The ice has melted away and the signs of winter are gone for another year, Lake Windermere is undergoing a variety of changes, beyond the obvious change in state. This thaw provides more than just excitement of boating, swimming and paddling opportunities that await in the coming months, it wakes the lake up with spring turn over. While Lake Windermere is unique in that it doesn’t see typical stratification – separation within the water column based on water temperature – we do still see the leap of life at this time of year.
The average freshwater lake will stratify into three distinct layers – epilimnion, metalimnion, and hypolimnion. These layers are defined by their depth, temperature and dissolved oxygen, with the epilimnion (at the top) being the warmest with high levels of dissolved oxygen, and the hypolimnion (at the bottom) being the coldest with lowest levels of dissolved oxygen. The reason for this stratification has to do with the density of water at different temperatures. You may have experienced this phenomenon while swimming and finding the water at the bottom of the lake is cooler than that at the surface.
When the ice melts in the spring we see a mixing of these layers that is essential for aquatic organisms. When the ice cover melts, and the lake is exposed to the fresh air again, the wind and warmer temperatures initiate the mixing process. The surface water will begin to warm until it reaches 4°C – temperature at which water is most dense – and will then sink, continuing the turnover process. This is critical to aquatic organisms as the surface water brings with it dissolved oxygen – essential for life in all parts of the water column – that has been depleted over the winter months.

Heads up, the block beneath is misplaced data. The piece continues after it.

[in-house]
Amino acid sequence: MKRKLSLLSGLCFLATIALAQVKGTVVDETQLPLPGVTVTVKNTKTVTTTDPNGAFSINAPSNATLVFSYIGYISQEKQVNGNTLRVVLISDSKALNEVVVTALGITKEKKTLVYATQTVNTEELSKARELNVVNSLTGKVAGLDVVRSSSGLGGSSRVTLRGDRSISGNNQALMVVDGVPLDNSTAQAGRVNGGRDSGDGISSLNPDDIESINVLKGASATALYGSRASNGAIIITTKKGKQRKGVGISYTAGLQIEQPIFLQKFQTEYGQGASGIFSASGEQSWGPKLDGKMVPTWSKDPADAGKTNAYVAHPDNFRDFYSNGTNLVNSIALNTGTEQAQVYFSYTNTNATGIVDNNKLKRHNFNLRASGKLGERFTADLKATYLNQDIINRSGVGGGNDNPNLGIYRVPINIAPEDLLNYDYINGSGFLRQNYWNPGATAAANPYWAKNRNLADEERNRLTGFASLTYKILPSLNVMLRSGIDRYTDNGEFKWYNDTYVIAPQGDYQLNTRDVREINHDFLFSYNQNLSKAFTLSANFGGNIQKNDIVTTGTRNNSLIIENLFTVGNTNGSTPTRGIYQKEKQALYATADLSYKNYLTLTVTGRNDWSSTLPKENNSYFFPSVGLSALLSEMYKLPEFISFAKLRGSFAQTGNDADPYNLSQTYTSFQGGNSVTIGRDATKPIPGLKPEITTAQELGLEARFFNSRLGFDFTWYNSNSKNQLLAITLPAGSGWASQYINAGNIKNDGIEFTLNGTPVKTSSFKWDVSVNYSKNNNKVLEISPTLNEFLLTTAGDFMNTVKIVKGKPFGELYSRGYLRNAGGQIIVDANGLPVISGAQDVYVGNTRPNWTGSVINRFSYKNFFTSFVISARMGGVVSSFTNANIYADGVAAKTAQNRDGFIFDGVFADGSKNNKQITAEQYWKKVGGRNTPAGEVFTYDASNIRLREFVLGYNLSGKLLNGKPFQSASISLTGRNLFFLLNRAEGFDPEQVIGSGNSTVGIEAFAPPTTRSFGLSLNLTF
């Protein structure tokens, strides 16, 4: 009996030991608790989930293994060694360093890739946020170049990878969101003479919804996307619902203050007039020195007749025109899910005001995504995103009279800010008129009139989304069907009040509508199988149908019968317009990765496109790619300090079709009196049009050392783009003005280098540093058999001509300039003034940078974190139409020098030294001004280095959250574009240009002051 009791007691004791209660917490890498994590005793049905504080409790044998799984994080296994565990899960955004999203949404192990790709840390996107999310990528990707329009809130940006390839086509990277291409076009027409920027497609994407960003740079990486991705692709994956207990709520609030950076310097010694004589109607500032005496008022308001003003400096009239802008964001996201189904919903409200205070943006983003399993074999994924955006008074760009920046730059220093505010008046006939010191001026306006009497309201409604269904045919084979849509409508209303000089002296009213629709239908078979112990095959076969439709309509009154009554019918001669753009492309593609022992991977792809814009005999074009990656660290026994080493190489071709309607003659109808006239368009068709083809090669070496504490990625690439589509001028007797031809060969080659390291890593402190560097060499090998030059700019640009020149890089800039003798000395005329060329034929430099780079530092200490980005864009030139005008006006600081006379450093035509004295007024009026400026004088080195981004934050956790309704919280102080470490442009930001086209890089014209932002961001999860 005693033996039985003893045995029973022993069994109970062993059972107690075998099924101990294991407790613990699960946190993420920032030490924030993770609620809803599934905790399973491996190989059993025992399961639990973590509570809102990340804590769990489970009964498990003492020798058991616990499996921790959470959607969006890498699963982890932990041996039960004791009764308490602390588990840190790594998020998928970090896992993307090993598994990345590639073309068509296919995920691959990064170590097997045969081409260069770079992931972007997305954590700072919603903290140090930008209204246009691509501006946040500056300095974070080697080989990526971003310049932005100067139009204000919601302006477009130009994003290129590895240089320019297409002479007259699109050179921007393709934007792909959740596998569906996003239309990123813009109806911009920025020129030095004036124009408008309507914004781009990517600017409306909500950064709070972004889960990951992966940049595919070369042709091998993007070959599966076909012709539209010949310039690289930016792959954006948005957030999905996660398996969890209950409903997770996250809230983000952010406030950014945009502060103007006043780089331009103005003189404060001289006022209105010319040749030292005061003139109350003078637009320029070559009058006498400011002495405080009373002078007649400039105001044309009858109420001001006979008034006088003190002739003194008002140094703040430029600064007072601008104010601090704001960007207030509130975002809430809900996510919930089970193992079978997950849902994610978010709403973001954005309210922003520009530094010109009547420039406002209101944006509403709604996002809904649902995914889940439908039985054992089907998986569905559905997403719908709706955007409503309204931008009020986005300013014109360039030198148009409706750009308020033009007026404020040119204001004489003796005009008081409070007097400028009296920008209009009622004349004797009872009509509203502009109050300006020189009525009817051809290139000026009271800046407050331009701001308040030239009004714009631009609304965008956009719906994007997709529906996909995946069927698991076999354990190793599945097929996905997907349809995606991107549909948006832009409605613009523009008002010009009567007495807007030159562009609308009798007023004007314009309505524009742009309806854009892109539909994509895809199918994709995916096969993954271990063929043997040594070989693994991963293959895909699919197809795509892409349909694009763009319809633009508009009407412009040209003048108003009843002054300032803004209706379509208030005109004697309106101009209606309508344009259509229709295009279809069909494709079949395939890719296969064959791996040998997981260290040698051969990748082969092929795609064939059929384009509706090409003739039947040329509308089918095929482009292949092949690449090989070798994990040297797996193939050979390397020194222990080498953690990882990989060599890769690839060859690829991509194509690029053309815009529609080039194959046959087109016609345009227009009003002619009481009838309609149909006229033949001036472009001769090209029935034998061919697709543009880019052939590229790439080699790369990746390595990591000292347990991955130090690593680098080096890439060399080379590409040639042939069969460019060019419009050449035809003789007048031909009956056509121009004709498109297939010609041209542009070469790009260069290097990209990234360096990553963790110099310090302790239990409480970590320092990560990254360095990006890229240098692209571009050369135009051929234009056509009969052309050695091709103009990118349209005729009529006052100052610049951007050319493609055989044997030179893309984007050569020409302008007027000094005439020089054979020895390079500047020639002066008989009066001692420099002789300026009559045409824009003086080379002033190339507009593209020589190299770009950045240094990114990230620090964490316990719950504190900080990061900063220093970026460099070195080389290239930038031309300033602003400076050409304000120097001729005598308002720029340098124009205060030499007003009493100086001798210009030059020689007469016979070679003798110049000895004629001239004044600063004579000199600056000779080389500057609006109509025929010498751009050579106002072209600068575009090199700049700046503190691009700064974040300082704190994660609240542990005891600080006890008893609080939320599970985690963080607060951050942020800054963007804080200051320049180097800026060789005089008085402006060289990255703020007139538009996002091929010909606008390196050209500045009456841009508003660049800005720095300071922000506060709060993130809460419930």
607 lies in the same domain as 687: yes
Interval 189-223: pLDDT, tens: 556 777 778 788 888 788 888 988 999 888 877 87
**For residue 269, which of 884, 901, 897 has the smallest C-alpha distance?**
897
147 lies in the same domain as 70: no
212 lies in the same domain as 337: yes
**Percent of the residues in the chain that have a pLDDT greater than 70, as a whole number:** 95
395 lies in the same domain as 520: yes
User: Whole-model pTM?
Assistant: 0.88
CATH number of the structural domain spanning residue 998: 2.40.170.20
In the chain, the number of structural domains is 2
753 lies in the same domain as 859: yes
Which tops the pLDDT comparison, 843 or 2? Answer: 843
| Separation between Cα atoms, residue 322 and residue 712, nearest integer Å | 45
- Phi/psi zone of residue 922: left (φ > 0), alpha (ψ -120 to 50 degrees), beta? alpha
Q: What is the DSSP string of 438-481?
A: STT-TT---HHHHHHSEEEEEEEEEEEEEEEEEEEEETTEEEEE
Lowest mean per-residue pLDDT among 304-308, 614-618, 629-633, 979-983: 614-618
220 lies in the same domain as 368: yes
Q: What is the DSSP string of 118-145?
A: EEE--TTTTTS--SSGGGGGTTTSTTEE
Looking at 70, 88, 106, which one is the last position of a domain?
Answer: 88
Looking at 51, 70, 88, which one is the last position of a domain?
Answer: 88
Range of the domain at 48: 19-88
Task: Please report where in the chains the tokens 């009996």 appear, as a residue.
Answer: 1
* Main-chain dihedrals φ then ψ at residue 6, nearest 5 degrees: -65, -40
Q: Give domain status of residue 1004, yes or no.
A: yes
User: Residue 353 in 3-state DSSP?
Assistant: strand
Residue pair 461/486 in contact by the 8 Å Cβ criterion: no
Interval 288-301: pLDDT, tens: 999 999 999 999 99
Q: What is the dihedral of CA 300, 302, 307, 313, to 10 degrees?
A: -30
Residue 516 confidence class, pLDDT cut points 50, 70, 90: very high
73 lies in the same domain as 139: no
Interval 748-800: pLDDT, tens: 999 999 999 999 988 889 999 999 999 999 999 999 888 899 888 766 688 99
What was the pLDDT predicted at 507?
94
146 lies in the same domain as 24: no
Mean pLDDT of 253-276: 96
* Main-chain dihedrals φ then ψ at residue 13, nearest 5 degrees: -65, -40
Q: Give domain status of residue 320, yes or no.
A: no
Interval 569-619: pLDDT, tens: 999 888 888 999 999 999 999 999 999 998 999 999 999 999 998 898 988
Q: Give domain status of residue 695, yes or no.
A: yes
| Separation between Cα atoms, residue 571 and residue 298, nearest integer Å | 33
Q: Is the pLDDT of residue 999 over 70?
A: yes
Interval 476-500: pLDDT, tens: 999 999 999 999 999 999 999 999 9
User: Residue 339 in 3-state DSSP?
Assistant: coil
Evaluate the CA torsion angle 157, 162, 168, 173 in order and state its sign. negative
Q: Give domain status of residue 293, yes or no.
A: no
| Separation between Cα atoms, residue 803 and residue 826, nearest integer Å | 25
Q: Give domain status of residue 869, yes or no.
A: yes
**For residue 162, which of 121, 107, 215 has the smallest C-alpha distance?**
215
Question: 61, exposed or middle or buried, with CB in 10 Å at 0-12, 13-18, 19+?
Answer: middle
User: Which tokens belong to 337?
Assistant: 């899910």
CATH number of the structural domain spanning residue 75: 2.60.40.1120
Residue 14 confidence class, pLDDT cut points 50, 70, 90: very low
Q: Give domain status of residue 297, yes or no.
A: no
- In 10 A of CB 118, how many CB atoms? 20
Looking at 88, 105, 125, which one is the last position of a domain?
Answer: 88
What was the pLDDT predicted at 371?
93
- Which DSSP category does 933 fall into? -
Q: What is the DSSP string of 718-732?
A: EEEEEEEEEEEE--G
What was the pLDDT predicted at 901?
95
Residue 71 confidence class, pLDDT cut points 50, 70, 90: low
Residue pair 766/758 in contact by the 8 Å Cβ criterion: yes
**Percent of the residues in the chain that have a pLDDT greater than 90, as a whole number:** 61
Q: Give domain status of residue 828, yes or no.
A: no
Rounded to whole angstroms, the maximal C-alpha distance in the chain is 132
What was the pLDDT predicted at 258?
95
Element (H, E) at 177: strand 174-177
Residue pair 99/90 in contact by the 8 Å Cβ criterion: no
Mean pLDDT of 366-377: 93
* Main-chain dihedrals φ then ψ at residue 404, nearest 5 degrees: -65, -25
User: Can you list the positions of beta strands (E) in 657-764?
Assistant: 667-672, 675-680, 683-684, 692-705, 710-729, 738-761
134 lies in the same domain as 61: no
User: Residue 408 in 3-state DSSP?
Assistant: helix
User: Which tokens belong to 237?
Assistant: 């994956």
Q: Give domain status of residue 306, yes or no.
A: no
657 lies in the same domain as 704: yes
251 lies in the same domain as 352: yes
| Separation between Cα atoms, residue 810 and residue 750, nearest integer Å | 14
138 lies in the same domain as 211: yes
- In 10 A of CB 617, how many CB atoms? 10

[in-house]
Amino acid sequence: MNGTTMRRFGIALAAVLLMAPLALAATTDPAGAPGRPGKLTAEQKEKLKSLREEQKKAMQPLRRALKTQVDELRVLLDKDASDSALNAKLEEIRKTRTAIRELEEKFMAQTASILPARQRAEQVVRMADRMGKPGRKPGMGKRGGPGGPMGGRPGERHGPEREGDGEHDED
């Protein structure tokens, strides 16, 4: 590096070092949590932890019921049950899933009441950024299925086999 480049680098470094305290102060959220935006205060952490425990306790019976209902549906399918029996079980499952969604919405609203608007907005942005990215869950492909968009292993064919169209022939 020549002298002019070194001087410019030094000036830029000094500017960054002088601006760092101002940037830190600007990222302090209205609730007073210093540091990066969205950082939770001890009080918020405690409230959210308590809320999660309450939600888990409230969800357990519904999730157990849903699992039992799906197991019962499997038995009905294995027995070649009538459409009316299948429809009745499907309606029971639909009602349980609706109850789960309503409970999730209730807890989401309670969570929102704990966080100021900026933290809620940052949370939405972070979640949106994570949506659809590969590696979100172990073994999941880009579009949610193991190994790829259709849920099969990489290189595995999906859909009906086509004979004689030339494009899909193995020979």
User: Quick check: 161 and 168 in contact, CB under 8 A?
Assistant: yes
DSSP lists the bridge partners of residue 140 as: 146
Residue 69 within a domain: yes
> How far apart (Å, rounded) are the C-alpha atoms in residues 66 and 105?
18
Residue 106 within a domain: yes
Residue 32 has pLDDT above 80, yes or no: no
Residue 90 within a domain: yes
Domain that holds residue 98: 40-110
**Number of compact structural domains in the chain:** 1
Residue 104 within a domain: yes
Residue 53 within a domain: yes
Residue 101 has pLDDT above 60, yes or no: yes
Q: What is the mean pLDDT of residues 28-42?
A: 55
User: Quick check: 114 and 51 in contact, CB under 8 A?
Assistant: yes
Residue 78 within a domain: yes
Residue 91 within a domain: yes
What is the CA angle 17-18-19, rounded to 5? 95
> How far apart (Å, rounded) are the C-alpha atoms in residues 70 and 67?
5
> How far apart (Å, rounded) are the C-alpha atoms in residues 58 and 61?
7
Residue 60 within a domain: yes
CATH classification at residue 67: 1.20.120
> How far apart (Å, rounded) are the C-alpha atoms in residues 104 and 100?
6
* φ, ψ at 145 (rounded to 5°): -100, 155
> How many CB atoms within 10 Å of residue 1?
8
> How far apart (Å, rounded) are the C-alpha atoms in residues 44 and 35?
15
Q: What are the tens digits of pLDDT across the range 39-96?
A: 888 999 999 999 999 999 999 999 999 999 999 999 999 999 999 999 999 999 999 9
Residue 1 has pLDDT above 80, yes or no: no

Since Lake Windermere is shallow, and if you have been here a while you will know it gets rather windy, this process all happens quite quickly! You may have heard of our summer monitoring program that runs weekly from May to September, but to have a greater understanding of the current condition of the lake the Ambassadors strive to capture information about the water column in all of these stages. This year we were able to collect a small amount of data in late February from under the ice, and a larger in-depth sample within two weeks of the ice melting. This information gets added to the historical data for Lake Windermere that we review annually to understand the state of the lake and rising concerns the be aware of.
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The Lake Windermere Ambassadors would like to thank the Columbia Basin Trust, Columbia Valley Community Foundation, Columbia Valley Local Conservation Fund, Real Estate Foundation, BC Gaming Grants, District of Invermere, Regional District of East Kootenay and community donors for supporting our 2021 programming.